The resent of the merchants towards the Tokugawa, the lack of power of the samurai and daimyo classes, and the shogun’s fear of being overthrown all played leading roles in the declination of feudalism in Japan before the arrival of Commodore Perry in 1853.
Japan during the period of the Tokugawa believed in Confucianism. Confucius stressed hard work and because merchants thrived off of the hard work of others in order to become wealthier, they were hated and disliked by the other classes in Tokugawa society. This caused the merchant class to resent Tokugawa society and support anyone interested in overthrowing the shogun (Leyasu) and the Tokugawa all in all. This was one of the reasons feudalism was declining before the arrival of Commodore Perry in 1853.
The Japanese shogun Leyasu was very intelligent. He made it necessary for the daimyos to spend every second year in Edo. Also it was necessary for the families of the daimyos to stay in Edo. This meant that the daimyos would have to pay all the expenses necessary for their families to stay in Edo out of their own pockets. This often left the daimyos very poor or in debt because they had to borrow money from merchants. And since the Edo period in Japan was quite peaceful, there were no wars to be fought and samurais no longer had ways to earn money. This meant that the samurais would have to borrow money from merchants and be in debt as well.
“The decline of the samurai weakened the Bakufu, because they occupied an important position in the entire feudal system.” (East Meets West Vol. II – Alberto C. Morales) Since the samurais and daimyos had no money, they had very little power, therefore causing feudalism to decline. “We can gaze upon the lords, but looking at the shogun will make you blind and the emperor could not be seen at all.” (Bob Fitzpatrick)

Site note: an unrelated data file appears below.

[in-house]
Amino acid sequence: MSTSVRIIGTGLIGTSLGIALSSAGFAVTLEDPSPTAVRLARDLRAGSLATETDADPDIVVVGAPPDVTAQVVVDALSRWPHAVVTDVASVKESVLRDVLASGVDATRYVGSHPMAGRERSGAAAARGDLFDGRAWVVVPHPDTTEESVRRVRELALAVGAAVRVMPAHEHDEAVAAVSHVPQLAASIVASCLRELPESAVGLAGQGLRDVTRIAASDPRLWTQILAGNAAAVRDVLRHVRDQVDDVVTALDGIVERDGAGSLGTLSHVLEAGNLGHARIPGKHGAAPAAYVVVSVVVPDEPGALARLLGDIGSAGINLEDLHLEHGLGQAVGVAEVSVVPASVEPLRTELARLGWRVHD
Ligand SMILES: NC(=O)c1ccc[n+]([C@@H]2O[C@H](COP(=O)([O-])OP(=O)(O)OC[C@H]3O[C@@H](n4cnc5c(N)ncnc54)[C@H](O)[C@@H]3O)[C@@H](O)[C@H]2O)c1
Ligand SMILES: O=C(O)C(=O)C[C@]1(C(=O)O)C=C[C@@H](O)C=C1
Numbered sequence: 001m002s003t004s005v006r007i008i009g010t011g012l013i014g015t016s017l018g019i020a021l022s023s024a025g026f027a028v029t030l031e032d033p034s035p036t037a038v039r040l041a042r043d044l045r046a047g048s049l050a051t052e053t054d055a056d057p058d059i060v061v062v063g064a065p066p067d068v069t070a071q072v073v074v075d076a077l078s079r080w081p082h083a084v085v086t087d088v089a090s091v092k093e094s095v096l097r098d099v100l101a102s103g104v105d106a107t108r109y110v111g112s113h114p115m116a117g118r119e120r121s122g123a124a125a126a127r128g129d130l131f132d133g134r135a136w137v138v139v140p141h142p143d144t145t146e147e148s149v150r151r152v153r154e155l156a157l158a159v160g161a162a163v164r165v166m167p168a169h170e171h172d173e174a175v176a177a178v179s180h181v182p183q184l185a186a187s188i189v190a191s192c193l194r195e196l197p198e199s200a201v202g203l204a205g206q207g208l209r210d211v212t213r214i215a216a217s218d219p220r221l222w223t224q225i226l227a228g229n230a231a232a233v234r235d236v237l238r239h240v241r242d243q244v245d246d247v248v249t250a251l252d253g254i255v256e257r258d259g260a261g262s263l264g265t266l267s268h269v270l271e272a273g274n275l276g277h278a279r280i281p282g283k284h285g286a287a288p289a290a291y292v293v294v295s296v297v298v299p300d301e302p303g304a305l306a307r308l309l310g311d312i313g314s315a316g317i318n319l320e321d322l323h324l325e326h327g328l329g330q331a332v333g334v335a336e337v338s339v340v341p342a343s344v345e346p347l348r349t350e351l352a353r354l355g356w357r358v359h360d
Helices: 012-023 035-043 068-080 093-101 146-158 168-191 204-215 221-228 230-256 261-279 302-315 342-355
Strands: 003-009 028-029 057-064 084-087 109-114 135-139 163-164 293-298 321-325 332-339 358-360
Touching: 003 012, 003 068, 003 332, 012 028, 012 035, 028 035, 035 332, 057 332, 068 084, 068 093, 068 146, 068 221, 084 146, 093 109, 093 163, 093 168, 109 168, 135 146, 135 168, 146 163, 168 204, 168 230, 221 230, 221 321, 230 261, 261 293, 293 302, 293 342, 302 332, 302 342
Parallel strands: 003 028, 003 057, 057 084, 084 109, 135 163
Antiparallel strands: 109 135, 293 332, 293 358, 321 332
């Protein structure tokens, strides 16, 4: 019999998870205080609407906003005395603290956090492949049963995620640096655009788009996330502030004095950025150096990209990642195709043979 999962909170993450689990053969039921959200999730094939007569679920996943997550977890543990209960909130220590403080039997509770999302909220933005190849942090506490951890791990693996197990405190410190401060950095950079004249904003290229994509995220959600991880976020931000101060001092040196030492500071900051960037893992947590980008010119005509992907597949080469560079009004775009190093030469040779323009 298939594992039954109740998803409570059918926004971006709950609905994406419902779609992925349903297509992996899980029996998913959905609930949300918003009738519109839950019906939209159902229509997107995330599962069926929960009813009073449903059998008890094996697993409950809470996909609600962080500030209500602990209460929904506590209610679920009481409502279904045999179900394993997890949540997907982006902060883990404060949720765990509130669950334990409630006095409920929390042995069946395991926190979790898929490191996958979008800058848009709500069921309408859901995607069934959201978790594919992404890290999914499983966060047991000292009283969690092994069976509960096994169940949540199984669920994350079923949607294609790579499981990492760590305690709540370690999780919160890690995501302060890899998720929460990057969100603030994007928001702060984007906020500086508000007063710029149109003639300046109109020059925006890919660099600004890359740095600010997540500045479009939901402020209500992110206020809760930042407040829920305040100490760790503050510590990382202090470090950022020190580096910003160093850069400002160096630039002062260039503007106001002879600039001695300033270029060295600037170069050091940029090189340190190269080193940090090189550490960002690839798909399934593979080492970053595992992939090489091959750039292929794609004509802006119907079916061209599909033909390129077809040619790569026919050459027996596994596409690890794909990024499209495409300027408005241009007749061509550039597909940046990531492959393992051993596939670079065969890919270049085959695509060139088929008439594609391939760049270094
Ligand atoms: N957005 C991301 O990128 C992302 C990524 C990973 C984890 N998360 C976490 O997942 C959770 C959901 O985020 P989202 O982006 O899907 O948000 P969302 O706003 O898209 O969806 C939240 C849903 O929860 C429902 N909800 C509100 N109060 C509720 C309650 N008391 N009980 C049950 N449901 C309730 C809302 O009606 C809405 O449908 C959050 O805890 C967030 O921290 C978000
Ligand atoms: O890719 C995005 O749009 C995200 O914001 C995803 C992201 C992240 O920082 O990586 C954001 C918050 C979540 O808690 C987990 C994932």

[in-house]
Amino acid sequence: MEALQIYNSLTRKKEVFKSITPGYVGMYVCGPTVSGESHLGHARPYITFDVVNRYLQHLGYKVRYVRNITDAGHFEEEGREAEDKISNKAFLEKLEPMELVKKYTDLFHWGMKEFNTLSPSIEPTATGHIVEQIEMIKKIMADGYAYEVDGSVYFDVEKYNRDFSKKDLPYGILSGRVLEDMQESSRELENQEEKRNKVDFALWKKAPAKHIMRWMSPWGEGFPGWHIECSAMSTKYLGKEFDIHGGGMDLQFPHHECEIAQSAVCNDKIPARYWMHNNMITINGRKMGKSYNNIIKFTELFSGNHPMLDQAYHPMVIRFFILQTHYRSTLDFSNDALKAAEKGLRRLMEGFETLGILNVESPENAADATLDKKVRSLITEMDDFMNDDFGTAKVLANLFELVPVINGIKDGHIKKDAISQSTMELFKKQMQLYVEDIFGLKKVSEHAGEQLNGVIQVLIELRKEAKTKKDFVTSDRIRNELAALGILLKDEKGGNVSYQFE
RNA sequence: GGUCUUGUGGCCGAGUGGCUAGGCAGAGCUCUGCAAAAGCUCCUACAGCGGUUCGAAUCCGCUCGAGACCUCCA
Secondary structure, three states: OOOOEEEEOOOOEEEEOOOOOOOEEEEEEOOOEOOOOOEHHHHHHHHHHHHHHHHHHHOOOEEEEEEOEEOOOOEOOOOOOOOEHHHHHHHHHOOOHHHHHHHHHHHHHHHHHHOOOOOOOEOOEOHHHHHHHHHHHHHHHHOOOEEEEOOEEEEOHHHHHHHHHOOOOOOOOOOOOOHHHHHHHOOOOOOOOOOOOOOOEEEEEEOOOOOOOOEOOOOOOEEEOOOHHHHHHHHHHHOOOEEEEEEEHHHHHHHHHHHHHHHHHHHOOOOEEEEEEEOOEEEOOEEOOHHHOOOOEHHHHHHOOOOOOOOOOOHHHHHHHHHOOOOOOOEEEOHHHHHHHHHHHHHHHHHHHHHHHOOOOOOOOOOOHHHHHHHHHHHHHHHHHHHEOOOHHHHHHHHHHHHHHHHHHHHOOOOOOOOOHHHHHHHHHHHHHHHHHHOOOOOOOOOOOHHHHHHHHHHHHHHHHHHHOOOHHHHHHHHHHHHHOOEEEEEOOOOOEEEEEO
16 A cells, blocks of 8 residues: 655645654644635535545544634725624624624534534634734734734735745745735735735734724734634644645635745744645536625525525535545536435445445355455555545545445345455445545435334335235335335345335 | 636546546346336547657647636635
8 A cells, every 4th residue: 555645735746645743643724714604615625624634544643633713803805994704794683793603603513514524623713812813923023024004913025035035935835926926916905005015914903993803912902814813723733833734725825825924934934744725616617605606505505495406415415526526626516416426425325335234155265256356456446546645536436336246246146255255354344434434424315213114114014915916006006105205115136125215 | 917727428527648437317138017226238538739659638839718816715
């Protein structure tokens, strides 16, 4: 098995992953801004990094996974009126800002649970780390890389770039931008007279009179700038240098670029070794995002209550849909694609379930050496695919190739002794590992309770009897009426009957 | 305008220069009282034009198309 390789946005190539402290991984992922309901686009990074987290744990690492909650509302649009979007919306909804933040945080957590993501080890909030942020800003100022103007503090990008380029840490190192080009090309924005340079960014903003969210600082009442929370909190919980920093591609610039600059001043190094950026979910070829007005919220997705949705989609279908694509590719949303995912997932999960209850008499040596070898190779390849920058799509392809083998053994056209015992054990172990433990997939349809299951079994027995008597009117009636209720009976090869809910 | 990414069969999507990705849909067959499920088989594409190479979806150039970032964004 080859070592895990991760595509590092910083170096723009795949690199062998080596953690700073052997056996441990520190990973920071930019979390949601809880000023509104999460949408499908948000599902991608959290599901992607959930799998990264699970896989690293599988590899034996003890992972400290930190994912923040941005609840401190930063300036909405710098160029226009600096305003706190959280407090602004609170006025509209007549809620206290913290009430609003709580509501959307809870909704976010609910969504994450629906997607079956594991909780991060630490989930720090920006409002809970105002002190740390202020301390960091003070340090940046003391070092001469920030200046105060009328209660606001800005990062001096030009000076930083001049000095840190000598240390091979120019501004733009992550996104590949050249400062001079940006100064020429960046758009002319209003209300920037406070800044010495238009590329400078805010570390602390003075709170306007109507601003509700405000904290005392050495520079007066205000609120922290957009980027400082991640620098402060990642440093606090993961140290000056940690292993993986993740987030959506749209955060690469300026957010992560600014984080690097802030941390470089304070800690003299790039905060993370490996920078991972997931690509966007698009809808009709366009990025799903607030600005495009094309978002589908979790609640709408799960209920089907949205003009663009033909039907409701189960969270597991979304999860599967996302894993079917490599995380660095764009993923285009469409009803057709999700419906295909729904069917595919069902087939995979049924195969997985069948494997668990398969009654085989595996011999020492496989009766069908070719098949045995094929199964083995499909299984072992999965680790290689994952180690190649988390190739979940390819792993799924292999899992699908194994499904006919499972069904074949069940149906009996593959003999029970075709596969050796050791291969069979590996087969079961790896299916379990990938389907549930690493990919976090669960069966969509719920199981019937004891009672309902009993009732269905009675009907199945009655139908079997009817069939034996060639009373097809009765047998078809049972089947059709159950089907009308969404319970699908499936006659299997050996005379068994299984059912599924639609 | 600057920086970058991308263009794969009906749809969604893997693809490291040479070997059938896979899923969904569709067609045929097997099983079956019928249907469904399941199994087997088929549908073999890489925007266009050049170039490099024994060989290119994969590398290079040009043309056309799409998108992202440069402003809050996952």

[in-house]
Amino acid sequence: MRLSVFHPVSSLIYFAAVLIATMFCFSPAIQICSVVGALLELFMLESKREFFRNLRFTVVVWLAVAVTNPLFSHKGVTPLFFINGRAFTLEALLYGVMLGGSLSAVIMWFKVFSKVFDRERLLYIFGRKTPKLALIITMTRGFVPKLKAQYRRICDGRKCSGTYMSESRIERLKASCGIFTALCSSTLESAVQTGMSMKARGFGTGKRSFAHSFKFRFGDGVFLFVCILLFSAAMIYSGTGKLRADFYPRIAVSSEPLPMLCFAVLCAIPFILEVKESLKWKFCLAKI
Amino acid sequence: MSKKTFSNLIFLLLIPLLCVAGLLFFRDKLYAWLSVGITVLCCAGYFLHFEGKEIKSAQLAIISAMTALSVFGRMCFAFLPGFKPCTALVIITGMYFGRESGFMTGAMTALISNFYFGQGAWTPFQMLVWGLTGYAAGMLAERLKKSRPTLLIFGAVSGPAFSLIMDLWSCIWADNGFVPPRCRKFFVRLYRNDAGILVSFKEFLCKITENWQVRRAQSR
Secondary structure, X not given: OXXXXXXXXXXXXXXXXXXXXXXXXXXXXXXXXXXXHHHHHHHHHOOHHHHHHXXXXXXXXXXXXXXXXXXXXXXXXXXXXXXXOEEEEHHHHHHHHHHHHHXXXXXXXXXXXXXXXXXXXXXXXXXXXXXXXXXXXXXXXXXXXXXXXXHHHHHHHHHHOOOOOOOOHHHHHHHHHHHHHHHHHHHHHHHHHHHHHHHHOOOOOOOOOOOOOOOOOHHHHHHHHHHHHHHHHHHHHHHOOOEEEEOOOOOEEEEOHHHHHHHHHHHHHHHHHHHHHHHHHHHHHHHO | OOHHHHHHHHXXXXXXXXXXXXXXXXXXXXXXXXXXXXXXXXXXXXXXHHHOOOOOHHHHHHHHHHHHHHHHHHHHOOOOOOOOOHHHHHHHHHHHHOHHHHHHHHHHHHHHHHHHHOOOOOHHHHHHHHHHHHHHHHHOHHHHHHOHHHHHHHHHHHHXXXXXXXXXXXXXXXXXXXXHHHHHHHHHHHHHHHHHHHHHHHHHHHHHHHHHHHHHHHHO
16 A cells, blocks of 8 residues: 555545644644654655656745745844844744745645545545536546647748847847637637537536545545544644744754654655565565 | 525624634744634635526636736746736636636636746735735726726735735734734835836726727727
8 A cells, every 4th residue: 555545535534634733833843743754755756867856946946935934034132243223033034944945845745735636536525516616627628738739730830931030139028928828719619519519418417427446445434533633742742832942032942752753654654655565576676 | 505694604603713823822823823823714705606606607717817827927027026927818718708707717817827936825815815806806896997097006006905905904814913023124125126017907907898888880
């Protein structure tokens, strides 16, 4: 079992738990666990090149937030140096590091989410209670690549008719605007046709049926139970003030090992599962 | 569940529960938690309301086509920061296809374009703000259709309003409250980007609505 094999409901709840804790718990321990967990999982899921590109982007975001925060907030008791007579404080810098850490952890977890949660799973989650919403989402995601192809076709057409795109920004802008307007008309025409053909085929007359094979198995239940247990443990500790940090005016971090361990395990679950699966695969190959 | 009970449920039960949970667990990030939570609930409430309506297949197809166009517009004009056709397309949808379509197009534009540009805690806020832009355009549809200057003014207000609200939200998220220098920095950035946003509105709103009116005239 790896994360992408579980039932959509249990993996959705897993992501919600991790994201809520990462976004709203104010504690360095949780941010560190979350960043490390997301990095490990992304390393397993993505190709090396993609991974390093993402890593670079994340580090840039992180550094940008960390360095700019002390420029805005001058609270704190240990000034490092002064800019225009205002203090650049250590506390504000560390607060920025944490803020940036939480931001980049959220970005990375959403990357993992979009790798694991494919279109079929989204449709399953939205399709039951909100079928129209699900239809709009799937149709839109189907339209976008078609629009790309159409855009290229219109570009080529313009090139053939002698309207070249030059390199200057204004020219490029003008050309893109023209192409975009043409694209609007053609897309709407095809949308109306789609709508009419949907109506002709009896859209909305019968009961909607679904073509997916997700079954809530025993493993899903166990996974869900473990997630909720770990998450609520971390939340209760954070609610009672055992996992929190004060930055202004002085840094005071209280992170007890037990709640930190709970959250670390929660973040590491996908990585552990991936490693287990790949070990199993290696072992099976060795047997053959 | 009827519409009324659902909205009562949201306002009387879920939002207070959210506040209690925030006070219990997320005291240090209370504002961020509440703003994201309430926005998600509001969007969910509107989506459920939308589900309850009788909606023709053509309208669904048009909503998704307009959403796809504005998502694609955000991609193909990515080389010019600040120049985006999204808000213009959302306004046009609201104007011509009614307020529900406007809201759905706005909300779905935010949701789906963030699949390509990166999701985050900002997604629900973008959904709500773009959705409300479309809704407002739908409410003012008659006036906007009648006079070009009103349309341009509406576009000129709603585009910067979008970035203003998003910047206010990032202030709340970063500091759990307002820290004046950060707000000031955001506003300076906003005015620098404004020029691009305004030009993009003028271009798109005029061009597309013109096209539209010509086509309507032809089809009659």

Because feudalism is a social structure in which people were placed in certain classes with certain rights and duties, it declined in Japan during the period of the Tokugawa because there no longer was a balance in power between the daimyos, the samurai, and the merchants. Therefore the different classes no longer had the same rights and duties. The shogun was very confident in his beliefs. But his beliefs will promote conflict and decline in feudalism long before the arrival of Commodore Perry in 1853.
“You should treat the people of Japan like sesame seeds. The more you squeeze them, the more you get out of them.” (Bob Fitzpatrick) The shogun made sure the power-hungry daimyos would not have the power and wealth to be able to overthrow him. This in turn would backfire because anti-Tokugawa and shogun clans/groups will arise.
“While social tensions had indeed developed, perhaps most severely among impoverished samurai and peasants, and many imperfections and illogicalities strained the social and political system, the samurai Confucian ethic still pervaded the nation, and the whole Tokugawa political structure still stood firm.” (East Asia – Craig, Reischauer, Fairbank) This breakdown of a once balanced social structure in Japan promoted conflict within the nation long before the arrival of Commodore Perry.
Because of this internal breakdown it made it easier for foreigners to establish trade relations and it made it easier to influence the Japanese religiously and politically. The shogun’s acts of reducing power of the daimyos and samurai, the resent of the merchants towards the Tokugawa society ultimately caused the decline in feudalism in Japan.